Btw: the scary part today is not so much the high inflation itself, but the fact that monetary authorities have no intention at all to put it right.

    • historicus says:

      The mission statement of the Federal Reserve is …

      “It is the Federal Reserve’s actions, as a central bank, to achieve three goals specified by Congress: maximum employment, stable prices, and moderate long-term interest rates in the United States.”

      Mandate #1 The Fed is supposed to promote maximum employment, yet what they have done with the interest rates has had the OPPOSITE EFFECT. The artificial rates provided by the Federal Reserve has allowed the Federal government to borrow at near zero and dole out the money in a fashion that dampers the will of workers to fill employment positions. If there had been real borrowing costs, historical borrowing costs, the doling out would either have been sharply curtailed or not implemented at all. Fail.

      Mandate #2 The Fed is supposed to promote stable prices, yet they promote just the opposite, INFLATION. We now have 4% inflation and they do not lift a finger to “promote stable prices”. Fail

      Mandate #3 The Fed is supposed to promote moderate (not extreme) long term rates, but we have near record lows, 30yrs bonds almost 2% below inflation. Those rates are IMMODERATE and EXTREMELY low. The Fed is buying $120 Billion a month in the market to promote these rates. Fail.

      That’s 0 for 3. That is THREE STRIKES.

      And who is watching the fiduciary short falls of the Federal Reserve?

      • Michael Gorback says:

        Just about everyone is watching but the system is set up to try to keep the Fed isolated from external interference.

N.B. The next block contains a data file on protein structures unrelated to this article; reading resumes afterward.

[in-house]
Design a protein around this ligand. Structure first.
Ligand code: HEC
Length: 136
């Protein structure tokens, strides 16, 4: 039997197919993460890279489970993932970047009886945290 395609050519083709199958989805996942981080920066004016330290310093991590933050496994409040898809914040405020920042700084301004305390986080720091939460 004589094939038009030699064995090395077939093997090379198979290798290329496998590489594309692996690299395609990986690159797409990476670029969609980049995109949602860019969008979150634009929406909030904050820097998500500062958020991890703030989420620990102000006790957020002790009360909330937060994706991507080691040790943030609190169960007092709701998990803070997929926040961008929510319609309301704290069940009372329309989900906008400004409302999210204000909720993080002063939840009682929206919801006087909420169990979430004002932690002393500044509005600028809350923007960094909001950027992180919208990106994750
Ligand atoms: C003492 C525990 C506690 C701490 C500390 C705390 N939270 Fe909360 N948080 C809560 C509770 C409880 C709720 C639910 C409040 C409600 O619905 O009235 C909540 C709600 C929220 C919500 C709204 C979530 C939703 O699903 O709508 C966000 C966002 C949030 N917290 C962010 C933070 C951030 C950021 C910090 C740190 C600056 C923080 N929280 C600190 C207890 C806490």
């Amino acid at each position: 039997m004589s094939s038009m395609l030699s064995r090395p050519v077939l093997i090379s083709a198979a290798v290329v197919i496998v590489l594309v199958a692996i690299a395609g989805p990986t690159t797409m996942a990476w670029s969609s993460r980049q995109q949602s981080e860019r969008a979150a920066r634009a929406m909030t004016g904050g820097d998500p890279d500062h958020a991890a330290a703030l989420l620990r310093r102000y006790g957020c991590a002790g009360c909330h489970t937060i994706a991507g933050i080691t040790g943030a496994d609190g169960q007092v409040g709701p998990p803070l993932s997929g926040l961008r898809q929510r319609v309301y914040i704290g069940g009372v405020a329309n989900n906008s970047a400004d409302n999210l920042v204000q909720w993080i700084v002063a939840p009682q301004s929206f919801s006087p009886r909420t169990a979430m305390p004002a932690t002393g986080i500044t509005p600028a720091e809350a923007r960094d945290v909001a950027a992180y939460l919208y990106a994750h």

I’ve heard the stories about LBJ holding Fed chair Martin up by the collar and cussing him out, but you’re not going to find that in the rule book.

        • Swamp Creature says:

          Didn’t he slam someone whom he disagreed with against the wall? He was a vulger SOB.

        • Michael Gorback says:

          Yes Swampy, he invited Martin to his ranch and worked him over. That’s what I was referring to.

        • nick kelly says:

          He grabbed Canadian PM Lester Pearson by the lapels over Canada’s objections or non-participation in Vietnam war ( Oz did participate)

          On the plus side in my opinion, is his later refusal to run again based on US societal split over Nam. And lack of progress with 500 K deployed.

      • Jdog says:

        The mission statement is BS. Neither the Fed Banks, nor the Fed Board is accountable to Congress in any way so they are free to act in their own interests which is exactly what they do….

    • Michael Gorback says:

      Intention or permission?

      Amidst all the hoopla about billionaires’ net worth ballooning but paying little income tax, people seem to forget that asset appreciation isn’t income until the assets are sold.

      So their huge collections of art, stocks, real estate, etc are their bank accounts. If you deflate the asset bubbles with higher rates or other liquidity-draining mechanisms you’re robbing the First National Billionaire Bank.

      You also make the dollar stronger, which will make our exports less competitive.

      In the meantime the stronger dollar will impair foreign debtors whose debt is denominated in dollars. If you own those bonds you aren’t going to be a fan of the subsequent defaults.

      There is a lot of big money at risk and they are going to be looking out for themselves. If Powell’s secretary informs him Bill Gates is on line 1 and YuShan is on line 2, which call do you think hell take?

    • Swamp Creature says:

      The litlle old lady with $300K in the bank. Zero return. 5% inflation. That’s 15K lost in purchasing power due to inflation used to fund all these spending boondoggles. Who is speaking up from her. NO ONE!

      • YuShan says:

        And for a billionaire with $1 billion in debt against assets (think a former president), that is a $50 million subsidy every year, basically paid for by people like that little old lady.

        Nobody in the MSM ever makes that point.

      • Heinz says:

        Little old ladies are expendable in the lofty views of the Fed elites. They are looking out for their Number One– banking system.

      • Nikco2 says:

        Now now….most banks are giving 2%. And that little old lady probably has it in a 401k or annuity pulling in 5%. ?